Diversity, recycling
Everything manufactured is sourced as close as possible to where it is needed, and recycled for a no-waste economy. In a natural economy nobody will go hungry or homeless. Every individual is of worth and has the right to meaningful work. Nobody will be neglected, living in cars or crowded homes while others amass wealth they do not need. That is not Nature’s way.

Redistribution
Without revenue neither central nor local government can build infrastructure, schools and hospitals. The revenue we aim should tax the exclusive use of the commons (in its wider sense). Everyone should have the inalienable right to a share of the common wealth so the rents from the commons are be shared by distributing Citizens Dividends. Nobody should own the earth, water or fisheries or anything left to us by our ancestors.

Governance
A living system is a self-organising organism with a multitude of feedback and feed-forward mechanisms in a state of tension and negotiation till equilibrium is established. So we believe that decisions must not all be made centrally but all over the country. Local and national government must constantly be negotiating. We want strong communities with the inalienable right to elect their own decision makers; the fundamental unit of government must be a powerful Community Board.

Cities
We won’t tolerate sprawling cities with an elite landed class occupying desirable land near good schools and regular transport while those on the outskirts must wake early, leave their children and catch two buses to unsatisfying low paid jobs. For parents of young children two hours commuting is not conducive to anyone’s wellbeing. We can do better. We want compact walkable cities with efficient rapid transit without the use of fossil fuels. We understand that economic signals like rating systems and tax systems are driving our irrational behaviour. That is no way to plan a city.

We want local and national governments to have sufficient reliable income to pay for rapid transit, education and healthcare – revenue derived from charging a full rent on the exclusive use of the commons in its wider sense. Taxing the good things is not an option – it’s illogical to tax work, sales or enterprise. We will not watch on while governments struggle for revenue, people work long hours while property owners grow rich on the rising price of land.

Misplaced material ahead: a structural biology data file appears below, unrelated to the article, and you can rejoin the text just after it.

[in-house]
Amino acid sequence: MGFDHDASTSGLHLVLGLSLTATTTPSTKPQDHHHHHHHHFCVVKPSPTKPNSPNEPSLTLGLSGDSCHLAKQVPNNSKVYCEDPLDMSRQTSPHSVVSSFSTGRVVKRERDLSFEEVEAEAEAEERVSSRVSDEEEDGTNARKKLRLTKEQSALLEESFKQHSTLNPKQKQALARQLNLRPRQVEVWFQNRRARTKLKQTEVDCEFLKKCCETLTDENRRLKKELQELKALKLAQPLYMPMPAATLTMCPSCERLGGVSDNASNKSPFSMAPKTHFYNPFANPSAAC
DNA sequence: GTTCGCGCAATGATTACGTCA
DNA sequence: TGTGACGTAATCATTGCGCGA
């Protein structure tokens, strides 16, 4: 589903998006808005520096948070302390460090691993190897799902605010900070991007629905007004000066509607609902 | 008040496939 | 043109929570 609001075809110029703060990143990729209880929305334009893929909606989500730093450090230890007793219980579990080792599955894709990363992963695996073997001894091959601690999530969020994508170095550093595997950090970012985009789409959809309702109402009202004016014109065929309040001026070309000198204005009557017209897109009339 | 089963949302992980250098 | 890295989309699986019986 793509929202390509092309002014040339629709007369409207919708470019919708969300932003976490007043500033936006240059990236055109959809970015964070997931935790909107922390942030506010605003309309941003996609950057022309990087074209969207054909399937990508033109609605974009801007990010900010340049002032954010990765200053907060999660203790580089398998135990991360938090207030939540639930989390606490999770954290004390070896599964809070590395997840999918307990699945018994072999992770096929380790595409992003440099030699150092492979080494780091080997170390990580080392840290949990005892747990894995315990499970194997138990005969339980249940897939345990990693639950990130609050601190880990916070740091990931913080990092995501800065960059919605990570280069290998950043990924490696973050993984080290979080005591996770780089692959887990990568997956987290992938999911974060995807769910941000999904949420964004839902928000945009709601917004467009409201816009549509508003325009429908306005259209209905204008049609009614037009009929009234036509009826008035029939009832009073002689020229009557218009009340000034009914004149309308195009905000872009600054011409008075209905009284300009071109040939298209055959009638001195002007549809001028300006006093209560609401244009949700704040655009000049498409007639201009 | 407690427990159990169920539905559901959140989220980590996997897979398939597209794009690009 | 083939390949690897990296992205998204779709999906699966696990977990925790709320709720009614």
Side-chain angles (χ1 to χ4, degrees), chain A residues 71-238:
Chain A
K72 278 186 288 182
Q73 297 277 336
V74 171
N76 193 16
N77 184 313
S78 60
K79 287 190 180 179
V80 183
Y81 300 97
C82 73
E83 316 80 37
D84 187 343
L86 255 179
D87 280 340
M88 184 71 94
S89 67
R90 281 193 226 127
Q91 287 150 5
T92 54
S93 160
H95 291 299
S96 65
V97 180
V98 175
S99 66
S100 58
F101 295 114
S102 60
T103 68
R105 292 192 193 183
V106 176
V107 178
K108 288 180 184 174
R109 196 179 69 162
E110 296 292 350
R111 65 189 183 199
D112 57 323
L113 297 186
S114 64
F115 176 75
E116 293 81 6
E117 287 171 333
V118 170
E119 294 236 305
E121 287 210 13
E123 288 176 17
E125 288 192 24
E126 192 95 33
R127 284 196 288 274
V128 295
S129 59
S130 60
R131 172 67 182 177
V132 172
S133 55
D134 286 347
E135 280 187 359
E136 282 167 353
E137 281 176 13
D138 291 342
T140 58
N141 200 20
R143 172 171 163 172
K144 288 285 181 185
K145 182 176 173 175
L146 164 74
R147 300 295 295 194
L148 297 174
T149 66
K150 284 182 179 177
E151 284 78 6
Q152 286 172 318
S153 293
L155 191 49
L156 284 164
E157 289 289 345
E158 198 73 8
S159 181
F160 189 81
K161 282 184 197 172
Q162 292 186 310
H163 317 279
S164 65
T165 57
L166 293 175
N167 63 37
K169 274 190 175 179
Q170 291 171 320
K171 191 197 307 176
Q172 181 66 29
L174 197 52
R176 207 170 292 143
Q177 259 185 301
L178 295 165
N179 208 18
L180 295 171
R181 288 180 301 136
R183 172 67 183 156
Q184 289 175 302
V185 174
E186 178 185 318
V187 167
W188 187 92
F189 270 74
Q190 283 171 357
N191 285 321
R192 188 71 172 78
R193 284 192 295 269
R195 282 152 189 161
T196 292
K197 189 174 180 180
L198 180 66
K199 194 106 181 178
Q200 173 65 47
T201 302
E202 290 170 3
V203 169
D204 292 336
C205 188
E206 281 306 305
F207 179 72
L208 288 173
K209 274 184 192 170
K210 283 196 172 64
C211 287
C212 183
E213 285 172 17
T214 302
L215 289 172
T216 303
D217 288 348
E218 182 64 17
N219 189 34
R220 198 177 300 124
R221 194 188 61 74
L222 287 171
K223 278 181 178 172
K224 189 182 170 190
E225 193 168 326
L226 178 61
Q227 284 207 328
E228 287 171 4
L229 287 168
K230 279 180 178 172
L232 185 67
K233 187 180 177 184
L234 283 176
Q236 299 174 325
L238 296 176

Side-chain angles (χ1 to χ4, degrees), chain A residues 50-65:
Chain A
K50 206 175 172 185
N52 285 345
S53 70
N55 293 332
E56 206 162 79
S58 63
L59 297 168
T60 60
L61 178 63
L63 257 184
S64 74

Managing borders
We believe firmly in our national sovereignty. Although we know how to control our borders when it comes to pests and threats to our agriculture we don’t yet know how to control our borders when it comes to money. While hot money sloshes round the globe in search of higher returns and international trade agreements are written largely by the corporations that rule the world, we will not rest. We demand our country’s freedom to make laws without fear of being sued by a foreign corporation in a secret offshore tribunal.

New Zealand’s opportunity
We believe New Zealand with its small educated population and rich resources has an obligation to be a model of how to run a vibrant and exciting post fossil fuel economy where entrepreneurs can truly thrive and nobody is left uneducated or in poverty.

http://neweconomics.net.nz


The 1-3% inflation target is really a circulation incentive and we need to read Gesell instead

The other morning on the radio I distinctly heard a senior politician say that the economy wasn’t going well ‘because the inflation rate was too low at below 1%’.

I thought I was hearing things. Indeed someone coming to Earth from Mars might ask a few questions. Presuming inflation is a bad thing and it is now near zero, why then is the economy not going swimmingly?

Then I remembered what I had recently learnt – that economists had designed a 1-3% inflation target as an ideal because you had to have some incentive to spend today or the economy would seize up. You didn’t want inflation too high, but a low rate of inflation is acceptable and even necessary simply because otherwise people hold on to their money and nobody spends. They realise that goods will be dearer tomorrow – if only by a little – so they decide to spend now rather than wait.

Goodness, how few people know this. And how it is becoming exposed now that the inflation is below 1% in more than one of the developed nations.

Now land was taken out of the CPI in 1999 as you can see in this graph.inflation NZ